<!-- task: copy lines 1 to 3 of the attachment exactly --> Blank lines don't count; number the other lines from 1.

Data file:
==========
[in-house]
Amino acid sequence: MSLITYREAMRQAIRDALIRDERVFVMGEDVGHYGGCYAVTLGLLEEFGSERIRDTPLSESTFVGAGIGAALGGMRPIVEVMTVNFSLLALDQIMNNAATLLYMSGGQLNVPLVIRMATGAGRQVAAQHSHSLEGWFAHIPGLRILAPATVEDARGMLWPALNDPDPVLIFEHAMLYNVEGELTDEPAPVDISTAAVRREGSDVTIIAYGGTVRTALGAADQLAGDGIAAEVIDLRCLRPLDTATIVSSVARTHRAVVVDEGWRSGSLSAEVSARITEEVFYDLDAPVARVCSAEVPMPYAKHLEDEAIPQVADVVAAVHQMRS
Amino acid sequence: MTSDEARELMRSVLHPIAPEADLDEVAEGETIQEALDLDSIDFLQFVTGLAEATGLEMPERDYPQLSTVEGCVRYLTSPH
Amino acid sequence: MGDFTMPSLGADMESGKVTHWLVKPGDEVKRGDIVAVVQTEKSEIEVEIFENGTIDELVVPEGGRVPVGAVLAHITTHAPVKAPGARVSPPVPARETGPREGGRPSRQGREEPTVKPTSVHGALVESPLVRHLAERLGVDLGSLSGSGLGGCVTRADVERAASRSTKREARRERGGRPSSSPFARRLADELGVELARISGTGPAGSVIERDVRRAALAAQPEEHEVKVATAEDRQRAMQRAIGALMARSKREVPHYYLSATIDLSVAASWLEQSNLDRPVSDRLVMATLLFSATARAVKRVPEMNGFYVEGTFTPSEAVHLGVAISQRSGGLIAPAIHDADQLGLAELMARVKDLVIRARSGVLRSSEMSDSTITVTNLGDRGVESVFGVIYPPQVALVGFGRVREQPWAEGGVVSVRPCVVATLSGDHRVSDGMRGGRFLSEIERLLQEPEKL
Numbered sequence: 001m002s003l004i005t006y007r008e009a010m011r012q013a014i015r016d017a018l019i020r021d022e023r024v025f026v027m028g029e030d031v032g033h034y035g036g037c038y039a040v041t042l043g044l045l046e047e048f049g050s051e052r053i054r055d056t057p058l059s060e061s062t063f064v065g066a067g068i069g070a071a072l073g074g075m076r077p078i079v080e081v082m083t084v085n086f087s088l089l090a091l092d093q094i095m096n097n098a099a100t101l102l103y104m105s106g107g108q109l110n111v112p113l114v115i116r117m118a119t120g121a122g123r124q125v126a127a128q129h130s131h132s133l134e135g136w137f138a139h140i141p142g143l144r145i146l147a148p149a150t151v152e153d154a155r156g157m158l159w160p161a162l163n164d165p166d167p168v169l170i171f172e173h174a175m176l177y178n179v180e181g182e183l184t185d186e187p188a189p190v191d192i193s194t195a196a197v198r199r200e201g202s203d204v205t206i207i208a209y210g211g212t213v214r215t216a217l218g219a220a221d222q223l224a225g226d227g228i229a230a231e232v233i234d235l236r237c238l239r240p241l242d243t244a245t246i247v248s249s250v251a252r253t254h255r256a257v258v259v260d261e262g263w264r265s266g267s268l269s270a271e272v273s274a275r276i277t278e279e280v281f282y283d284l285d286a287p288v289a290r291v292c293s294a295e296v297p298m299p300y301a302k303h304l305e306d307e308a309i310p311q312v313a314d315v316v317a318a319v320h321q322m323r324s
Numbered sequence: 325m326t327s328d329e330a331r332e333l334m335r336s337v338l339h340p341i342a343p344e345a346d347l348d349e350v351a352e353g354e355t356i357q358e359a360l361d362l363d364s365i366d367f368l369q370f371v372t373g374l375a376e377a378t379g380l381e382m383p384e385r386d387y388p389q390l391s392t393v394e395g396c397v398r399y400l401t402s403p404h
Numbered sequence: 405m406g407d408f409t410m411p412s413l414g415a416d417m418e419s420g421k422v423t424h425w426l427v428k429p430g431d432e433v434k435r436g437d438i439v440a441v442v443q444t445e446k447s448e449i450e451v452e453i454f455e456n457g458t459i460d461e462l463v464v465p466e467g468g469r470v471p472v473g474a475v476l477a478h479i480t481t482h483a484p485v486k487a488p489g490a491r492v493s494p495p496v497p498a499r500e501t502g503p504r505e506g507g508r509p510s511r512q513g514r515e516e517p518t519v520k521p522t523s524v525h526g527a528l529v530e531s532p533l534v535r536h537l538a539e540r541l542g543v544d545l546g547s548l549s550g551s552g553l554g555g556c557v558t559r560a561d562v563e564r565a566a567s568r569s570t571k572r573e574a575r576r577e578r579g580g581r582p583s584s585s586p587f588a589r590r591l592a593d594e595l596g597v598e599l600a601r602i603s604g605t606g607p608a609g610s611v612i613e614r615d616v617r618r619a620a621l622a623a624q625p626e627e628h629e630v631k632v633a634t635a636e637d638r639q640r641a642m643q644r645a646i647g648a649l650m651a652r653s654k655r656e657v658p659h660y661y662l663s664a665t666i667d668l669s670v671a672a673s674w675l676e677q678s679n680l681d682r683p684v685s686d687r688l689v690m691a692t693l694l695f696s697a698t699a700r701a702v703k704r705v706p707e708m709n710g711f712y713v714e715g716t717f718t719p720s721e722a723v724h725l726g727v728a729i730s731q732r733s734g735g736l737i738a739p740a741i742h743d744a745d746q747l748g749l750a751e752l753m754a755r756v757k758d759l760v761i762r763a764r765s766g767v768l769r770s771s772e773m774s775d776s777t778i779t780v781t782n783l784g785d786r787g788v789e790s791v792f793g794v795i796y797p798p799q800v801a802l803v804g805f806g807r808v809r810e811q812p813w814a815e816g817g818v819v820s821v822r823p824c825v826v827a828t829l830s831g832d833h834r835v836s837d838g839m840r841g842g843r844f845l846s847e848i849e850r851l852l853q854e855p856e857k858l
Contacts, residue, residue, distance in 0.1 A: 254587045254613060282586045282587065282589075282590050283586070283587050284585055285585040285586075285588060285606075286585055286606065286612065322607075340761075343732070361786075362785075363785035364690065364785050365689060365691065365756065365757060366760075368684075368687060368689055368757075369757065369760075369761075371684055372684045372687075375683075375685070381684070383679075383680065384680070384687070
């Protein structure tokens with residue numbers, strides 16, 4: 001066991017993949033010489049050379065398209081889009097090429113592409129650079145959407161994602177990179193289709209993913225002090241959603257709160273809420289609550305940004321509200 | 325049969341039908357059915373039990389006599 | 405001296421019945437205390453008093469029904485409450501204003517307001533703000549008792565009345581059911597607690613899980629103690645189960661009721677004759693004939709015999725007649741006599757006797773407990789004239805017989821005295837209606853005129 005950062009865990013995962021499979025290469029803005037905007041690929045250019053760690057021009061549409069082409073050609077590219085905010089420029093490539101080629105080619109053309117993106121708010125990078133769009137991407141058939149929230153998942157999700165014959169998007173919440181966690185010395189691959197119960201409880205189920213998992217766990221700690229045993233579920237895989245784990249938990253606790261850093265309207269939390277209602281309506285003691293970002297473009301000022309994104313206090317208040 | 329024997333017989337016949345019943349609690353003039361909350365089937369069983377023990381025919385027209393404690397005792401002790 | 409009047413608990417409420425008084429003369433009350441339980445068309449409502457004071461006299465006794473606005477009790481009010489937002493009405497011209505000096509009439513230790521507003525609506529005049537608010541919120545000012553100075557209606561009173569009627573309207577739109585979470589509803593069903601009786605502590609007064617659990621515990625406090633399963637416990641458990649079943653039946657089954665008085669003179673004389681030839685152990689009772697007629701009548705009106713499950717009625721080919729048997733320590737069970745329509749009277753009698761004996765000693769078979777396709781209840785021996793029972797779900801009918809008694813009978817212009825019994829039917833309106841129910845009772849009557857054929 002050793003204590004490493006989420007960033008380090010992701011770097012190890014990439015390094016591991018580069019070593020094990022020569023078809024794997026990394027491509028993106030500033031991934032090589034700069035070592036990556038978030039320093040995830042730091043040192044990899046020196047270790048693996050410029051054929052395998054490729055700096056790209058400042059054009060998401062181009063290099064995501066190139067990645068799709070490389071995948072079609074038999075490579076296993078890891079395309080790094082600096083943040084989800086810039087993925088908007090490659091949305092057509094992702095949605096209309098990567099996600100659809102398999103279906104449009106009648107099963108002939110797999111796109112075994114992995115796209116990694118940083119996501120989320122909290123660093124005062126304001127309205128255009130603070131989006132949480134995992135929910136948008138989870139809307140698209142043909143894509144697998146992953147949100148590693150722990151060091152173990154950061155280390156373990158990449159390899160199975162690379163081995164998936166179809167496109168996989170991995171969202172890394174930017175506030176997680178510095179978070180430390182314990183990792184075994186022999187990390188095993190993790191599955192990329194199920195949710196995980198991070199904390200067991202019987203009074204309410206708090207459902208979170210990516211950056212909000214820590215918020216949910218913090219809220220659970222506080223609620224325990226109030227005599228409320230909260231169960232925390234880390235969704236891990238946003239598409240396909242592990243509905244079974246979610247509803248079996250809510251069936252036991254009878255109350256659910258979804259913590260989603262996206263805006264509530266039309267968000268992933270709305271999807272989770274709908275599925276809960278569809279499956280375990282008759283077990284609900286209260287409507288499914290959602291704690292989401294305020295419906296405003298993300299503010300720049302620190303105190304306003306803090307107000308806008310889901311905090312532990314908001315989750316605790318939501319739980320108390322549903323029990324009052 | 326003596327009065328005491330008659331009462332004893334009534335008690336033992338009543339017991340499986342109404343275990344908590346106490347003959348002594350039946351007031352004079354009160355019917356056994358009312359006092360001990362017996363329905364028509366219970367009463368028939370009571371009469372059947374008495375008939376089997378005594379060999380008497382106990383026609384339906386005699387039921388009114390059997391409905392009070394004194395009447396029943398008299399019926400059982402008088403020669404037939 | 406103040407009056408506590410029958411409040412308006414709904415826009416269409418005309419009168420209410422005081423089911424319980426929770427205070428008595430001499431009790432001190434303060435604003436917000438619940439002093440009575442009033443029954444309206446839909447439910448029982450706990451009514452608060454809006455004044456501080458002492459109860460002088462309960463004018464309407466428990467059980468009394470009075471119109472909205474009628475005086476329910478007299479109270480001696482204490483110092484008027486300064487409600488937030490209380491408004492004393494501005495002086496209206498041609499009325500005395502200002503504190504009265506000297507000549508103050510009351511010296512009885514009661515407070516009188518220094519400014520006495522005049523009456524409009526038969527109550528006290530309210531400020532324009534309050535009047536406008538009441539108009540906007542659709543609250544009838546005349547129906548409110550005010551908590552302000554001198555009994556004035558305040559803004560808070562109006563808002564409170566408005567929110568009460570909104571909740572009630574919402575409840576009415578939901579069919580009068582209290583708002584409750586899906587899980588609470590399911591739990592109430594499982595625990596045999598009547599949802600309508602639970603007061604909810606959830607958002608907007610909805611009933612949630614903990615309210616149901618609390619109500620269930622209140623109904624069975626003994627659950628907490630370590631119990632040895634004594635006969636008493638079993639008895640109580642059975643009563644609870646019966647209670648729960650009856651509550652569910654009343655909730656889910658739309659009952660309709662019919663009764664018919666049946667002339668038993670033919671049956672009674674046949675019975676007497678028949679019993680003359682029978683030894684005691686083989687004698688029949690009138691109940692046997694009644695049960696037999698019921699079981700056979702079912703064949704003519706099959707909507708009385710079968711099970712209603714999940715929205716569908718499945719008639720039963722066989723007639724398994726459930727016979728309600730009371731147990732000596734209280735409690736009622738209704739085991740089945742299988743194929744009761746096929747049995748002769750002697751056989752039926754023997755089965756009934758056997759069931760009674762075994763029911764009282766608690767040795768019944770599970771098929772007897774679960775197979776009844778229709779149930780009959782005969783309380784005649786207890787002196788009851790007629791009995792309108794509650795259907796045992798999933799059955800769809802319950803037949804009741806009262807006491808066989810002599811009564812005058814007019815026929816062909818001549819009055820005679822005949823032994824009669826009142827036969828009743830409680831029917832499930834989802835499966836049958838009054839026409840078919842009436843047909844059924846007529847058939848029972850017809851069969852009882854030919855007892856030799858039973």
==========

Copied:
[in-house]
Amino acid sequence: MSLITYREAMRQAIRDALIRDERVFVMGEDVGHYGGCYAVTLGLLEEFGSERIRDTPLSESTFVGAGIGAALGGMRPIVEVMTVNFSLLALDQIMNNAATLLYMSGGQLNVPLVIRMATGAGRQVAAQHSHSLEGWFAHIPGLRILAPATVEDARGMLWPALNDPDPVLIFEHAMLYNVEGELTDEPAPVDISTAAVRREGSDVTIIAYGGTVRTALGAADQLAGDGIAAEVIDLRCLRPLDTATIVSSVARTHRAVVVDEGWRSGSLSAEVSARITEEVFYDLDAPVARVCSAEVPMPYAKHLEDEAIPQVADVVAAVHQMRS
Amino acid sequence: MTSDEARELMRSVLHPIAPEADLDEVAEGETIQEALDLDSIDFLQFVTGLAEATGLEMPERDYPQLSTVEGCVRYLTSPH